Fitter, happier, more productive – through juice!

wheatgrass.jpegI love juice bars. They serve delicious sugary drinks that I can convince myself are relatively healthy because they’re low in fat. Even though if I don’t exercise, the substantial carb load will turn into fat. That is, unless I take them with a slimming supplement like ‘Skinny BOOST’. Phew!


I particularly enjoy Boost Juice, especially since they finally started putting nutritional information on their website (which is the most annoying I’ve ever seen, at least until you turn the sound off) and I’ve been able to see that my favourite smoothie, a regular “Gym Junkie” (embarrassing to order, but delicious) contains around 20% of the recommended daily kilojoule intake. Although to be honest, I suspected it was more. Surely nothing that tastes so much like a milkshake can be entirely good for you.
What irritates me are the supplements they try to flog you. There’s precious little evidence they work, as Choice magazine found: “Our advice is to ignore juice bars’ weight loss claims and ‘slimming’ supplements.” And some of the claims are just ridiculous – one unnamed juice bar surveyed by Choice (not Boost or Pulp) claimed that its echinacea supplement could cure cancer.
One of the biggest scams, though, seems to be wheatgrass. Boost says it’s “just as nutritional (sic) as downing a bunch of fresh leafy green vegies”. Best of all, they say it’s “claimed to be a fantastic boost for those whose diet is lacking because it contains a huge sourse (sic) of essential vitamins and minerals.” They don’t say by whom this is claimed, of course… it’s the ‘passive of diminished responsibility’.
Choice is very skeptical of wheatgrass, saying it’s “probably harmless”. A detailed study by the American National Council Against Health Fraud provides more evidence against the ‘wonder shot’, showing that it has far fewer nutrients than regular vegetables. In particular, it points out that the chlorophyll that’s supposed to provide ‘detox’ does nothing because it isn’t absorbed. So given that wheatgrass is expensive and tastes disgusting, it’s essentially a rip-off.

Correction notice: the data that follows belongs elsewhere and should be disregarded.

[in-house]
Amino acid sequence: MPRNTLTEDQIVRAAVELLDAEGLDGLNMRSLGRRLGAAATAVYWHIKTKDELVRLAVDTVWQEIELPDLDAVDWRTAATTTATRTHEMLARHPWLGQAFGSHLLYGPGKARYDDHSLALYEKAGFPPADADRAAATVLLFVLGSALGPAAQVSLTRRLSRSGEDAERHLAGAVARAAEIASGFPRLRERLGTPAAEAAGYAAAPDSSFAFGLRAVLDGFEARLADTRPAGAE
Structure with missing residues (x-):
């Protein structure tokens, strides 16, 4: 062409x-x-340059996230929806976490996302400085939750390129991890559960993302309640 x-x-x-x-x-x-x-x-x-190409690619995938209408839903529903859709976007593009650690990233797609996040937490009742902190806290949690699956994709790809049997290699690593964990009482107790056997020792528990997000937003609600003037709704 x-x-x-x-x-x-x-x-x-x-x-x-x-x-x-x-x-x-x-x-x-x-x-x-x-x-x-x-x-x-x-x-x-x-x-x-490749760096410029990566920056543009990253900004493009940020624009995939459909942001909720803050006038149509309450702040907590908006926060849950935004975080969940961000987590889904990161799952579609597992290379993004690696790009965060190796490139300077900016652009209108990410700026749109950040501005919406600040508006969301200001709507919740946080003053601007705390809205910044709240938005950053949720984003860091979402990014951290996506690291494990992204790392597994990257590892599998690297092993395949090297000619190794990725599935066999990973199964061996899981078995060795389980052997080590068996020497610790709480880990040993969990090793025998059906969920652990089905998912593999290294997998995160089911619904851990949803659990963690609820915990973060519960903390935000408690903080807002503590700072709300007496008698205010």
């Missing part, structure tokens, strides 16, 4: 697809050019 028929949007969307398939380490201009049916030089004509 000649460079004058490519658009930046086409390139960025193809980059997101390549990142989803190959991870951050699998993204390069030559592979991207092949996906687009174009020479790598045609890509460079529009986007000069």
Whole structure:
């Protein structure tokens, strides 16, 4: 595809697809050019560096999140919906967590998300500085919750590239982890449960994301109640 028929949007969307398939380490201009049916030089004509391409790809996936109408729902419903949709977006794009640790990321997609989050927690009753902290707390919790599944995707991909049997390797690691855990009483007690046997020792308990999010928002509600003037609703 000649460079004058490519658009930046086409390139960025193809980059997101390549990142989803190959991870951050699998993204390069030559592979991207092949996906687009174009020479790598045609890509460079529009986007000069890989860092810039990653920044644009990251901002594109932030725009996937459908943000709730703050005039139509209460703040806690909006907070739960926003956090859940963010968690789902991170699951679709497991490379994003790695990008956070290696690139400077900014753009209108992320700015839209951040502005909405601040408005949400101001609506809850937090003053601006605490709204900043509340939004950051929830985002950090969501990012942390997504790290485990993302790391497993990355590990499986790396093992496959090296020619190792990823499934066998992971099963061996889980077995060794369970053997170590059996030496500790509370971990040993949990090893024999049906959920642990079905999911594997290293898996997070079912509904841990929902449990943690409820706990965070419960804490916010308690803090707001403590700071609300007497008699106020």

The alternative to drinking the stuff is to take wheatgrass enemas. I think we can agree that isn’t exactly an attractive proposition.
Undeterred by the news that the ACCC was investigating the health claims of juice bar supplements, a whole new range of ridiculous supplements has come out. Boost is now marketing a ‘Zen booster’, which presumably provides enlightenment in a convenient polystyrene cup. It’s certainly easier than meditating.
But my favourite silly new supplement comes from Easyway, who are marketing a liquid oxygen shot:
Oxygen 4 Life! The Hottest Supplement in Town!
Feeling tired? Running out of breath? Then you need an Oxygen 4 Life! This revolutionary new taste of liquid oxygen is making headlines across the country! Made with 100 % natural ingredients, it will boost your day incredibly! A shot will maximise your mental clarity and help alleviate fatigue levels! For only 50 cents extra, it will sure bring a healthy touch to our drinks!
Which sounds excellent until you realise that the temperature of liquid oxygen is around –195°C. So this “revolutionary new taste” might be a little hard to drink. Besides which, it clearly doesn’t work – whoever drafted that press release is evidently seriously lacking in mental clarity.
Let’s hope the ACCC comes down hard on this kind of rubbish. Juice from juice bars is delicious, but it isn’t healing, slimming, brain-improving, or indeed in any way supernatural.
Dominic Knight
 

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